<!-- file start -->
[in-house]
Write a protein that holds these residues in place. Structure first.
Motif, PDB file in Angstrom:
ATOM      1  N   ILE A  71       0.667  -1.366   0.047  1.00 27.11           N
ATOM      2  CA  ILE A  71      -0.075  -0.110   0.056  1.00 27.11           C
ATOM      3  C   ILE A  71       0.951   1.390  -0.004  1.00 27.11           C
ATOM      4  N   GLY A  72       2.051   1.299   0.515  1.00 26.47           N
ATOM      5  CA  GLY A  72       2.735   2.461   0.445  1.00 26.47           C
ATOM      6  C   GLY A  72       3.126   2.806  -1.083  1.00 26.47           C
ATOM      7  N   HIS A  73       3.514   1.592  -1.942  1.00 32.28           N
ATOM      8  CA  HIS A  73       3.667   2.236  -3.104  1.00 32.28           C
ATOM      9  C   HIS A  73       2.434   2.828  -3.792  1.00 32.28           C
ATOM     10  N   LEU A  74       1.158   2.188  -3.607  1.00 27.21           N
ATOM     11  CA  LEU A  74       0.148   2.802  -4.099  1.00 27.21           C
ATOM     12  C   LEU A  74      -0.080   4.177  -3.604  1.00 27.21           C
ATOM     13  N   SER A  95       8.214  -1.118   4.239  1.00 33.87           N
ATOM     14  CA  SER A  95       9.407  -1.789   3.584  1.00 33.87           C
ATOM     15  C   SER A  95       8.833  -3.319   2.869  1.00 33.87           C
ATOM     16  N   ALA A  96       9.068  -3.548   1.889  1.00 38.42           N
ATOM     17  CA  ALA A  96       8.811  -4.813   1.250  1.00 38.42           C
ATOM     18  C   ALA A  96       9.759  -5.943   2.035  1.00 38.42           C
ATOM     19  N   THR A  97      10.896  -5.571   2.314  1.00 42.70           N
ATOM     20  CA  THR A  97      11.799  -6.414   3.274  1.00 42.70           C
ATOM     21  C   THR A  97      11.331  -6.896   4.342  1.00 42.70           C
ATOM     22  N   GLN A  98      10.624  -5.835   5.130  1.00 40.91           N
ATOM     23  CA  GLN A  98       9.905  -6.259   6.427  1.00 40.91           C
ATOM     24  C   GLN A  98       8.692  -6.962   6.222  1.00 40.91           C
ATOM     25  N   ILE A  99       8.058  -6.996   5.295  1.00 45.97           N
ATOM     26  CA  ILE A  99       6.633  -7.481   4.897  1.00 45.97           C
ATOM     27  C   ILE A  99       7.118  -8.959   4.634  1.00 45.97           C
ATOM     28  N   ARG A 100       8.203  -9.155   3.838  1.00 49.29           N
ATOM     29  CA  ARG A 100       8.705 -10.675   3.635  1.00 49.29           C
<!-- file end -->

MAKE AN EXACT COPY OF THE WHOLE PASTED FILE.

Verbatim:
[in-house]
Write a protein that holds these residues in place. Structure first.
Motif, PDB file in Angstrom:
ATOM      1  N   ILE A  71       0.667  -1.366   0.047  1.00 27.11           N
ATOM      2  CA  ILE A  71      -0.075  -0.110   0.056  1.00 27.11           C
ATOM      3  C   ILE A  71       0.951   1.390  -0.004  1.00 27.11           C
ATOM      4  N   GLY A  72       2.051   1.299   0.515  1.00 26.47           N
ATOM      5  CA  GLY A  72       2.735   2.461   0.445  1.00 26.47           C
ATOM      6  C   GLY A  72       3.126   2.806  -1.083  1.00 26.47           C
ATOM      7  N   HIS A  73       3.514   1.592  -1.942  1.00 32.28           N
ATOM      8  CA  HIS A  73       3.667   2.236  -3.104  1.00 32.28           C
ATOM      9  C   HIS A  73       2.434   2.828  -3.792  1.00 32.28           C
ATOM     10  N   LEU A  74       1.158   2.188  -3.607  1.00 27.21           N
ATOM     11  CA  LEU A  74       0.148   2.802  -4.099  1.00 27.21           C
ATOM     12  C   LEU A  74      -0.080   4.177  -3.604  1.00 27.21           C
ATOM     13  N   SER A  95       8.214  -1.118   4.239  1.00 33.87           N
ATOM     14  CA  SER A  95       9.407  -1.789   3.584  1.00 33.87           C
ATOM     15  C   SER A  95       8.833  -3.319   2.869  1.00 33.87           C
ATOM     16  N   ALA A  96       9.068  -3.548   1.889  1.00 38.42           N
ATOM     17  CA  ALA A  96       8.811  -4.813   1.250  1.00 38.42           C
ATOM     18  C   ALA A  96       9.759  -5.943   2.035  1.00 38.42           C
ATOM     19  N   THR A  97      10.896  -5.571   2.314  1.00 42.70           N
ATOM     20  CA  THR A  97      11.799  -6.414   3.274  1.00 42.70           C
ATOM     21  C   THR A  97      11.331  -6.896   4.342  1.00 42.70           C
ATOM     22  N   GLN A  98      10.624  -5.835   5.130  1.00 40.91           N
ATOM     23  CA  GLN A  98       9.905  -6.259   6.427  1.00 40.91           C
ATOM     24  C   GLN A  98       8.692  -6.962   6.222  1.00 40.91           C
ATOM     25  N   ILE A  99       8.058  -6.996   5.295  1.00 45.97           N
ATOM     26  CA  ILE A  99       6.633  -7.481   4.897  1.00 45.97           C
ATOM     27  C   ILE A  99       7.118  -8.959   4.634  1.00 45.97           C
ATOM     28  N   ARG A 100       8.203  -9.155   3.838  1.00 49.29           N
ATOM     29  CA  ARG A 100       8.705 -10.675   3.635  1.00 49.29           C